But, sadly, not all difficulties can be resolved in this way. For Thomas, the bottom line still seems to be that we must accept that most serious problems take a long time to resolve. This is why endurance, in his teaching, is more effective than anger – even moderate anger. Endurance isn’t merely a passive virtue, for ‘do-nothings’. Rather, endurance actively stands firm on the side of what is truly valuable and good when trials come. It does not capitulate to pressure. It keeps hold of the ethical reasons for taking the stance we take. This, as anyone knows who has ever tried it, is not easy. That is why fortitude is a virtue.

I would like to end these reflections with what The Catechism of the Catholic Church says about fortitude.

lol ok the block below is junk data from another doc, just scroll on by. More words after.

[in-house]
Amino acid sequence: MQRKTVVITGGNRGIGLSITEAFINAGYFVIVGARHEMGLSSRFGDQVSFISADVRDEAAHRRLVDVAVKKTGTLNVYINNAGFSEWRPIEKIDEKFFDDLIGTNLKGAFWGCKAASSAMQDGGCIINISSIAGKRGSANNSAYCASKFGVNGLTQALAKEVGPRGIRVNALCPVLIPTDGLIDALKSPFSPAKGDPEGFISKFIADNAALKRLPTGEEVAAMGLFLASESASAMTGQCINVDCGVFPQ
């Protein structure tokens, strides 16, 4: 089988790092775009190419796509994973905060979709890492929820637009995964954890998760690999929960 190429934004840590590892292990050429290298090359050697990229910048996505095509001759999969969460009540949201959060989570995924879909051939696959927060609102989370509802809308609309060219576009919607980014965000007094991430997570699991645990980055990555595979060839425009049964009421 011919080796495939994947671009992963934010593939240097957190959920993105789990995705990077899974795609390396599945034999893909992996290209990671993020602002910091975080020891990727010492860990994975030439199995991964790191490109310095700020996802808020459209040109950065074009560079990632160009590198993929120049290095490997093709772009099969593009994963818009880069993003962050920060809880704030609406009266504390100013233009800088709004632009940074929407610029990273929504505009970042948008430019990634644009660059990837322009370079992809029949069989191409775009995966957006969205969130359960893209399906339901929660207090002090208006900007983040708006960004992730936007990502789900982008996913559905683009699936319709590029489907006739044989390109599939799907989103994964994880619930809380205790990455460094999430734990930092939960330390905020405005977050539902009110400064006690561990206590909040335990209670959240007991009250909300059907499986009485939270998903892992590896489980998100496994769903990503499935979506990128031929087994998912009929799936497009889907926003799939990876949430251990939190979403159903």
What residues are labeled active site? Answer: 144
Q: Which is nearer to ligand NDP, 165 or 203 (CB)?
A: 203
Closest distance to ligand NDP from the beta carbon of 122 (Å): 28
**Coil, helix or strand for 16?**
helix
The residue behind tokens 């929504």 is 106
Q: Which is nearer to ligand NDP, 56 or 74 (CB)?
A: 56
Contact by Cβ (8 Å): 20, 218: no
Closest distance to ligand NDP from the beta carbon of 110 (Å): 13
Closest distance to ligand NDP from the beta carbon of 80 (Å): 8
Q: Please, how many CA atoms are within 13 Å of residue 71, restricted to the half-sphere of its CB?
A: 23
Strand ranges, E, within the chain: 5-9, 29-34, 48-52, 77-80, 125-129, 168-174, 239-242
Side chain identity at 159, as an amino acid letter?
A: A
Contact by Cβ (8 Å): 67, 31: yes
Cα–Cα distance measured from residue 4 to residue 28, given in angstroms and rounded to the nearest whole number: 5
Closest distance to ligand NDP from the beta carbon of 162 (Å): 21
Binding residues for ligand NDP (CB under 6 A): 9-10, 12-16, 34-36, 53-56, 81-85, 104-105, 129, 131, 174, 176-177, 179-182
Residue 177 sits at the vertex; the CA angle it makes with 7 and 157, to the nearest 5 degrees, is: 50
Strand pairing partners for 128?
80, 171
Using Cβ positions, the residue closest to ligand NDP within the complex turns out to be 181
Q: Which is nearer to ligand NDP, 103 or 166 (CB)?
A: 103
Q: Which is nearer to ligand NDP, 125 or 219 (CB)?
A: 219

Fortitude is the moral virtue that ensures firmness in difficulties and constancy in the pursuit of the good. It strengthens the resolve to resist temptations and to overcome obstacles in the moral life. The virtue of fortitude enables one to conquer fear, even fear of death, and to face trials and persecutions. It disposes one even to renounce and sacrifice one’s life in defence of a just cause (no. 1809).

For further study:

The Catechism of the Catholic Church ,Geoffrey Chapman, London, 1994

The Four Cardinal Virtues, Joseph Pieper, University of Notre Dame Press

http://www.sacred-texts.com/chr/aquinas/summa/

Leave a comment

Filed under Daily Reflections

August 22: I is for Ironbridge.

640px-ironbridge002

Ironbridge: the name says it. All those glorious structures like the Forth Bridge, Sydney Harbour, the Howrah, the Golden Gate and the bridge at Victoria Falls, owe their ancestry to this iron bridge over the Severn in Shropshire.